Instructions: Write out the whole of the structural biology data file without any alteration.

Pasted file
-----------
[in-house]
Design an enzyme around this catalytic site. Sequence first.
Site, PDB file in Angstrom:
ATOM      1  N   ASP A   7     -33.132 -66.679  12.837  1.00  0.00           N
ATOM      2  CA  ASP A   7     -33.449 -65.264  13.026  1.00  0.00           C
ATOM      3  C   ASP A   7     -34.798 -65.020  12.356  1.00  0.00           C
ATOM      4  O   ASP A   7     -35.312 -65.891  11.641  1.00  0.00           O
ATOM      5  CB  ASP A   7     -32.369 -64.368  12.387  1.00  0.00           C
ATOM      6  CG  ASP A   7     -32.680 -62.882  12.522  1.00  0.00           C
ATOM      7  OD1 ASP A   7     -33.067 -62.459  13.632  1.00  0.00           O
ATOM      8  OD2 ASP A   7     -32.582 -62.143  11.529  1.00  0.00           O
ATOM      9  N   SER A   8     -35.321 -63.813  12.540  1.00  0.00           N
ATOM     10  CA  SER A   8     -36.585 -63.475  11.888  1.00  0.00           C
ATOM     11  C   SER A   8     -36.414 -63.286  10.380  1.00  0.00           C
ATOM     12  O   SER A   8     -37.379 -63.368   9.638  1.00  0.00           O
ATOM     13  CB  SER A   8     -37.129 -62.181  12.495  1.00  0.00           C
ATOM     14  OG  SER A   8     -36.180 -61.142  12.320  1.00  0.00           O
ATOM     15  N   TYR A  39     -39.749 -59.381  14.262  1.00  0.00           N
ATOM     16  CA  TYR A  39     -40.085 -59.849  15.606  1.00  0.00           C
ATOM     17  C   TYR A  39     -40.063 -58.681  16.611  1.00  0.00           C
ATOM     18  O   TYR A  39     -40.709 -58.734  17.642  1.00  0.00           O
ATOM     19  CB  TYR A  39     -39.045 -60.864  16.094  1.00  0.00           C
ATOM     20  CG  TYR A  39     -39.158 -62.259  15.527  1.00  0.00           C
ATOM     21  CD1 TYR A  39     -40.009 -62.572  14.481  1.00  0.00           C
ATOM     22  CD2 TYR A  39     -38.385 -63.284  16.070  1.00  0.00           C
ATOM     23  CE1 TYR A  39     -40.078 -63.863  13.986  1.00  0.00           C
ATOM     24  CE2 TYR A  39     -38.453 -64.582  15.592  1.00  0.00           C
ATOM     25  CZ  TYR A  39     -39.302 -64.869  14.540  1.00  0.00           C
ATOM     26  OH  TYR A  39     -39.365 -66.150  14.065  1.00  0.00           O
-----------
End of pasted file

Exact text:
[in-house]
Design an enzyme around this catalytic site. Sequence first.
Site, PDB file in Angstrom:
ATOM      1  N   ASP A   7     -33.132 -66.679  12.837  1.00  0.00           N
ATOM      2  CA  ASP A   7     -33.449 -65.264  13.026  1.00  0.00           C
ATOM      3  C   ASP A   7     -34.798 -65.020  12.356  1.00  0.00           C
ATOM      4  O   ASP A   7     -35.312 -65.891  11.641  1.00  0.00           O
ATOM      5  CB  ASP A   7     -32.369 -64.368  12.387  1.00  0.00           C
ATOM      6  CG  ASP A   7     -32.680 -62.882  12.522  1.00  0.00           C
ATOM      7  OD1 ASP A   7     -33.067 -62.459  13.632  1.00  0.00           O
ATOM      8  OD2 ASP A   7     -32.582 -62.143  11.529  1.00  0.00           O
ATOM      9  N   SER A   8     -35.321 -63.813  12.540  1.00  0.00           N
ATOM     10  CA  SER A   8     -36.585 -63.475  11.888  1.00  0.00           C
ATOM     11  C   SER A   8     -36.414 -63.286  10.380  1.00  0.00           C
ATOM     12  O   SER A   8     -37.379 -63.368   9.638  1.00  0.00           O
ATOM     13  CB  SER A   8     -37.129 -62.181  12.495  1.00  0.00           C
ATOM     14  OG  SER A   8     -36.180 -61.142  12.320  1.00  0.00           O
ATOM     15  N   TYR A  39     -39.749 -59.381  14.262  1.00  0.00           N
ATOM     16  CA  TYR A  39     -40.085 -59.849  15.606  1.00  0.00           C
ATOM     17  C   TYR A  39     -40.063 -58.681  16.611  1.00  0.00           C
ATOM     18  O   TYR A  39     -40.709 -58.734  17.642  1.00  0.00           O
ATOM     19  CB  TYR A  39     -39.045 -60.864  16.094  1.00  0.00           C
ATOM     20  CG  TYR A  39     -39.158 -62.259  15.527  1.00  0.00           C
ATOM     21  CD1 TYR A  39     -40.009 -62.572  14.481  1.00  0.00           C
ATOM     22  CD2 TYR A  39     -38.385 -63.284  16.070  1.00  0.00           C
ATOM     23  CE1 TYR A  39     -40.078 -63.863  13.986  1.00  0.00           C
ATOM     24  CE2 TYR A  39     -38.453 -64.582  15.592  1.00  0.00           C
ATOM     25  CZ  TYR A  39     -39.302 -64.869  14.540  1.00  0.00           C
ATOM     26  OH  TYR A  39     -39.365 -66.150  14.065  1.00  0.00           O